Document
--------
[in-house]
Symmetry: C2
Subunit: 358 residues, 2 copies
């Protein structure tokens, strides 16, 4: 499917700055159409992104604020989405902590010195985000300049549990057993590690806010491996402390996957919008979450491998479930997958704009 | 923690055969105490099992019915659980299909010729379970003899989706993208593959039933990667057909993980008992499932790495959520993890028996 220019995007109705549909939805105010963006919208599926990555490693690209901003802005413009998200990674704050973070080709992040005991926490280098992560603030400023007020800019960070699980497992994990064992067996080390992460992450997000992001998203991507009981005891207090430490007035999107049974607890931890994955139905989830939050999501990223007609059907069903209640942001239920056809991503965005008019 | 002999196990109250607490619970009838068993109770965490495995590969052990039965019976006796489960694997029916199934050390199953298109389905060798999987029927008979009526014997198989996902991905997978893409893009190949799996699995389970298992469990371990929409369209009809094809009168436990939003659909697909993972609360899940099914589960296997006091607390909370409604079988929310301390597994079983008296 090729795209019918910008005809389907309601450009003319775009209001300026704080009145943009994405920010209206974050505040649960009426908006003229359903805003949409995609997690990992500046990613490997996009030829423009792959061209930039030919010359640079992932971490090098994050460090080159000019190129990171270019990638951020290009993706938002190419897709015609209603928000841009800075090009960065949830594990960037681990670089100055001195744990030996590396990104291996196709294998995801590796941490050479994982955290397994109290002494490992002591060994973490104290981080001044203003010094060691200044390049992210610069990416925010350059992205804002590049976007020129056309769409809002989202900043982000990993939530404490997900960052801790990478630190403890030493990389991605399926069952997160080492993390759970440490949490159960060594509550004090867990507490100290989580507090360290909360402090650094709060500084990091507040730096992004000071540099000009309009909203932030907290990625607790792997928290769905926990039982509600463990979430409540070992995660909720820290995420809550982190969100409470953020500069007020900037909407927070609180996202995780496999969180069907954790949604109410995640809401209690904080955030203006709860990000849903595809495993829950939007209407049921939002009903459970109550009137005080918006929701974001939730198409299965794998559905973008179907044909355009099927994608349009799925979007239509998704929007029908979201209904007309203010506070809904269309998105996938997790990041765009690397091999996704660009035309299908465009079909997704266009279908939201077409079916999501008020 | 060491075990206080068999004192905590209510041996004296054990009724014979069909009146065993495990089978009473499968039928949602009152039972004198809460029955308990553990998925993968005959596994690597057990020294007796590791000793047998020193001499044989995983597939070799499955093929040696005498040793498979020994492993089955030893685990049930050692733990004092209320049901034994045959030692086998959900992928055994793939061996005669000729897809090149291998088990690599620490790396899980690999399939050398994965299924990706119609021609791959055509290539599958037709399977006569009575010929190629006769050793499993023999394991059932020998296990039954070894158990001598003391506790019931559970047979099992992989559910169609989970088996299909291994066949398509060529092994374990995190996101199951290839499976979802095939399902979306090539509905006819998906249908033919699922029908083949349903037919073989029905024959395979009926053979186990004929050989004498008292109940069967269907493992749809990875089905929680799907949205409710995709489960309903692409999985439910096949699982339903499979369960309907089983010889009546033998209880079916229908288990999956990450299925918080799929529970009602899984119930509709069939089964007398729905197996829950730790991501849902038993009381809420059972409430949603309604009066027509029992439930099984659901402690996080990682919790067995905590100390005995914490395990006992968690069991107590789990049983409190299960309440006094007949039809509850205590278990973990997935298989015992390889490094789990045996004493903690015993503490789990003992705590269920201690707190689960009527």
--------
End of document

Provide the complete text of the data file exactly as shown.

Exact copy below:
[in-house]
Symmetry: C2
Subunit: 358 residues, 2 copies
């Protein structure tokens, strides 16, 4: 499917700055159409992104604020989405902590010195985000300049549990057993590690806010491996402390996957919008979450491998479930997958704009 | 923690055969105490099992019915659980299909010729379970003899989706993208593959039933990667057909993980008992499932790495959520993890028996 220019995007109705549909939805105010963006919208599926990555490693690209901003802005413009998200990674704050973070080709992040005991926490280098992560603030400023007020800019960070699980497992994990064992067996080390992460992450997000992001998203991507009981005891207090430490007035999107049974607890931890994955139905989830939050999501990223007609059907069903209640942001239920056809991503965005008019 | 002999196990109250607490619970009838068993109770965490495995590969052990039965019976006796489960694997029916199934050390199953298109389905060798999987029927008979009526014997198989996902991905997978893409893009190949799996699995389970298992469990371990929409369209009809094809009168436990939003659909697909993972609360899940099914589960296997006091607390909370409604079988929310301390597994079983008296 090729795209019918910008005809389907309601450009003319775009209001300026704080009145943009994405920010209206974050505040649960009426908006003229359903805003949409995609997690990992500046990613490997996009030829423009792959061209930039030919010359640079992932971490090098994050460090080159000019190129990171270019990638951020290009993706938002190419897709015609209603928000841009800075090009960065949830594990960037681990670089100055001195744990030996590396990104291996196709294998995801590796941490050479994982955290397994109290002494490992002591060994973490104290981080001044203003010094060691200044390049992210610069990416925010350059992205804002590049976007020129056309769409809002989202900043982000990993939530404490997900960052801790990478630190403890030493990389991605399926069952997160080492993390759970440490949490159960060594509550004090867990507490100290989580507090360290909360402090650094709060500084990091507040730096992004000071540099000009309009909203932030907290990625607790792997928290769905926990039982509600463990979430409540070992995660909720820290995420809550982190969100409470953020500069007020900037909407927070609180996202995780496999969180069907954790949604109410995640809401209690904080955030203006709860990000849903595809495993829950939007209407049921939002009903459970109550009137005080918006929701974001939730198409299965794998559905973008179907044909355009099927994608349009799925979007239509998704929007029908979201209904007309203010506070809904269309998105996938997790990041765009690397091999996704660009035309299908465009079909997704266009279908939201077409079916999501008020 | 060491075990206080068999004192905590209510041996004296054990009724014979069909009146065993495990089978009473499968039928949602009152039972004198809460029955308990553990998925993968005959596994690597057990020294007796590791000793047998020193001499044989995983597939070799499955093929040696005498040793498979020994492993089955030893685990049930050692733990004092209320049901034994045959030692086998959900992928055994793939061996005669000729897809090149291998088990690599620490790396899980690999399939050398994965299924990706119609021609791959055509290539599958037709399977006569009575010929190629006769050793499993023999394991059932020998296990039954070894158990001598003391506790019931559970047979099992992989559910169609989970088996299909291994066949398509060529092994374990995190996101199951290839499976979802095939399902979306090539509905006819998906249908033919699922029908083949349903037919073989029905024959395979009926053979186990004929050989004498008292109940069967269907493992749809990875089905929680799907949205409710995709489960309903692409999985439910096949699982339903499979369960309907089983010889009546033998209880079916229908288990999956990450299925918080799929529970009602899984119930509709069939089964007398729905197996829950730790991501849902038993009381809420059972409430949603309604009066027509029992439930099984659901402690996080990682919790067995905590100390005995914490395990006992968690069991107590789990049983409190299960309440006094007949039809509850205590278990973990997935298989015992390889490094789990045996004493903690015993503490789990003992705590269920201690707190689960009527």